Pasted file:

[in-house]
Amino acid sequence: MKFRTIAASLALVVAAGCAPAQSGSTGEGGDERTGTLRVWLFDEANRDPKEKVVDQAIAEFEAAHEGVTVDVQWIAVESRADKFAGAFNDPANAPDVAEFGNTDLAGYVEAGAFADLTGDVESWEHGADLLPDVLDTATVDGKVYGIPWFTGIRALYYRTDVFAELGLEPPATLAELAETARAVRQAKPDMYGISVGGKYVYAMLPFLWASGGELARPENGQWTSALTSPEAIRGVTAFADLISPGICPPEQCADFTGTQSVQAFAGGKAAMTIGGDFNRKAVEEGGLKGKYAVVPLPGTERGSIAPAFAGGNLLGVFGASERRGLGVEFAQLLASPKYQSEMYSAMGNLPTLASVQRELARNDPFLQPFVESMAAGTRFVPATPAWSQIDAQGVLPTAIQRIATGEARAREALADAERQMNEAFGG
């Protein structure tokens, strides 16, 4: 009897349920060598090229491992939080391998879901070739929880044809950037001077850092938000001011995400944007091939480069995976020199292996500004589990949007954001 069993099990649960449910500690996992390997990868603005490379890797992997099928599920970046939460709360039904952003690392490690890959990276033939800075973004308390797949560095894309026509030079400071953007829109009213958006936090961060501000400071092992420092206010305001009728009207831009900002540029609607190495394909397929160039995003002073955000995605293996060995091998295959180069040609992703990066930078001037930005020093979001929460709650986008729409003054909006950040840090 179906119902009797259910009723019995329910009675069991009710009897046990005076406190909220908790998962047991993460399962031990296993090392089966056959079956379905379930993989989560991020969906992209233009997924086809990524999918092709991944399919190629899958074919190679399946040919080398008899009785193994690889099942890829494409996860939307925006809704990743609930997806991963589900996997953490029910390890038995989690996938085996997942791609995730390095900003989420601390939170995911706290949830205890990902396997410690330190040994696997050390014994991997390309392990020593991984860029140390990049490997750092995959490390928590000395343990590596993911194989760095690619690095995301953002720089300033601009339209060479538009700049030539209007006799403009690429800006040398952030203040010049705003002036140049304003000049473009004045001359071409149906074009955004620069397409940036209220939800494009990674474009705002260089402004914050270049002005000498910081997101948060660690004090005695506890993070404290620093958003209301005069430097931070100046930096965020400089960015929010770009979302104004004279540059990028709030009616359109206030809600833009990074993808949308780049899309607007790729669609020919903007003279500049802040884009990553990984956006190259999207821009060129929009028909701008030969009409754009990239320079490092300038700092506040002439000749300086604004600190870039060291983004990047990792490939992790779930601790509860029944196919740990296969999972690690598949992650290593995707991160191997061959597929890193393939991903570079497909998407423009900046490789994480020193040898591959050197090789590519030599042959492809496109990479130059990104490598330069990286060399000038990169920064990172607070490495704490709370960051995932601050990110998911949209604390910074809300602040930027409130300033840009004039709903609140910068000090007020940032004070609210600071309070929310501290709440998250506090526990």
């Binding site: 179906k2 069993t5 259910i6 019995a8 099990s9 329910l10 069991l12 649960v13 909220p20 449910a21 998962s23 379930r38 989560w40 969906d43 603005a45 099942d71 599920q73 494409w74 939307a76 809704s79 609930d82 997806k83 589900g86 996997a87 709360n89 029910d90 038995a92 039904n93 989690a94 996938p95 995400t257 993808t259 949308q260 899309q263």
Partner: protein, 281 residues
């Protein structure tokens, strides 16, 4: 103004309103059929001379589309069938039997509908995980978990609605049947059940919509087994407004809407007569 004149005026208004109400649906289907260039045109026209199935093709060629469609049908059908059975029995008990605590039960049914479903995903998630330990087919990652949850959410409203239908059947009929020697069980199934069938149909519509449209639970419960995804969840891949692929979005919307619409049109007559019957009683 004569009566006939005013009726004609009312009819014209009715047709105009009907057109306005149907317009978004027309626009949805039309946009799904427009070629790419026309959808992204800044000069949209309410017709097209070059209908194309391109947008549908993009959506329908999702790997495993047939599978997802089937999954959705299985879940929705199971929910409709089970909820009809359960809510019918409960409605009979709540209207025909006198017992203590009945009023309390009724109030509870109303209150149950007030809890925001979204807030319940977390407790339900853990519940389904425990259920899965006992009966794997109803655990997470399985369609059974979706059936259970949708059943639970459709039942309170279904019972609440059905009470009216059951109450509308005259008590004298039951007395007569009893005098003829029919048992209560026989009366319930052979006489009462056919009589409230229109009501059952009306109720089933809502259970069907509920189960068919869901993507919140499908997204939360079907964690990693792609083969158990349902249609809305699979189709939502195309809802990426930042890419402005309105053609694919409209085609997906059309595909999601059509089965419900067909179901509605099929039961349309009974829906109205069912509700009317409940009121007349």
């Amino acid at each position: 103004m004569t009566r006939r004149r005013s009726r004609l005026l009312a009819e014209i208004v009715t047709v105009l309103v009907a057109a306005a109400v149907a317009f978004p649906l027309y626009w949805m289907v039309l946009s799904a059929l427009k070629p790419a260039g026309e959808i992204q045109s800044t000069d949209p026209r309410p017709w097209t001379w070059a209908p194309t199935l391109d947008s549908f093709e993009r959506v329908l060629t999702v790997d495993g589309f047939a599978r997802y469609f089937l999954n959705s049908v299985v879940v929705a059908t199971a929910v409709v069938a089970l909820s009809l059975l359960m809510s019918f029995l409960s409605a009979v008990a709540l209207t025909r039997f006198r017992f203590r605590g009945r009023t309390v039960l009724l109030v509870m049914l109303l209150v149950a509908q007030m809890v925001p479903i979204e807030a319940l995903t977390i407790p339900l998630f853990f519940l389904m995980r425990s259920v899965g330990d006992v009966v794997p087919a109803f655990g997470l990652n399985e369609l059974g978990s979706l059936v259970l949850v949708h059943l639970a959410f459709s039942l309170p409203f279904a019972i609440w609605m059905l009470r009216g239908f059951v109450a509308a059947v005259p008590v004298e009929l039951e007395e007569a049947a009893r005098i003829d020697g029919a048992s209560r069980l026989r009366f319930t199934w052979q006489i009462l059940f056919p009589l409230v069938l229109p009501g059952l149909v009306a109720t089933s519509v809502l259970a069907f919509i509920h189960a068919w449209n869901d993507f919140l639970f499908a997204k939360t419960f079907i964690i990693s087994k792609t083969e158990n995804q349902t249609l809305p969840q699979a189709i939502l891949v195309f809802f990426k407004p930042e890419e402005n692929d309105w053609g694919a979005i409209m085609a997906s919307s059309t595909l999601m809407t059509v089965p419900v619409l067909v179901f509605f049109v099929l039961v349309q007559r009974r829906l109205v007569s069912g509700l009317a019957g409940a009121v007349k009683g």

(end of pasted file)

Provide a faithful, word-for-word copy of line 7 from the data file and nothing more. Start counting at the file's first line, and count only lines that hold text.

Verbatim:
């Amino acid at each position: 103004m004569t009566r006939r004149r005013s009726r004609l005026l009312a009819e014209i208004v009715t047709v105009l309103v009907a057109a306005a109400v149907a317009f978004p649906l027309y626009w949805m289907v039309l946009s799904a059929l427009k070629p790419a260039g026309e959808i992204q045109s800044t000069d949209p026209r309410p017709w097209t001379w070059a209908p194309t199935l391109d947008s549908f093709e993009r959506v329908l060629t999702v790997d495993g589309f047939a599978r997802y469609f089937l999954n959705s049908v299985v879940v929705a059908t199971a929910v409709v069938a089970l909820s009809l059975l359960m809510s019918f029995l409960s409605a009979v008990a709540l209207t025909r039997f006198r017992f203590r605590g009945r009023t309390v039960l009724l109030v509870m049914l109303l209150v149950a509908q007030m809890v925001p479903i979204e807030a319940l995903t977390i407790p339900l998630f853990f519940l389904m995980r425990s259920v899965g330990d006992v009966v794997p087919a109803f655990g997470l990652n399985e369609l059974g978990s979706l059936v259970l949850v949708h059943l639970a959410f459709s039942l309170p409203f279904a019972i609440w609605m059905l009470r009216g239908f059951v109450a509308a059947v005259p008590v004298e009929l039951e007395e007569a049947a009893r005098i003829d020697g029919a048992s209560r069980l026989r009366f319930t199934w052979q006489i009462l059940f056919p009589l409230v069938l229109p009501g059952l149909v009306a109720t089933s519509v809502l259970a069907f919509i509920h189960a068919w449209n869901d993507f919140l639970f499908a997204k939360t419960f079907i964690i990693s087994k792609t083969e158990n995804q349902t249609l809305p969840q699979a189709i939502l891949v195309f809802f990426k407004p930042e890419e402005n692929d309105w053609g694919a979005i409209m085609a997906s919307s059309t595909l999601m809407t059509v089965p419900v619409l067909v179901f509605f049109v099929l039961v349309q007559r009974r829906l109205v007569s069912g509700l009317a019957g409940a009121v007349k009683g």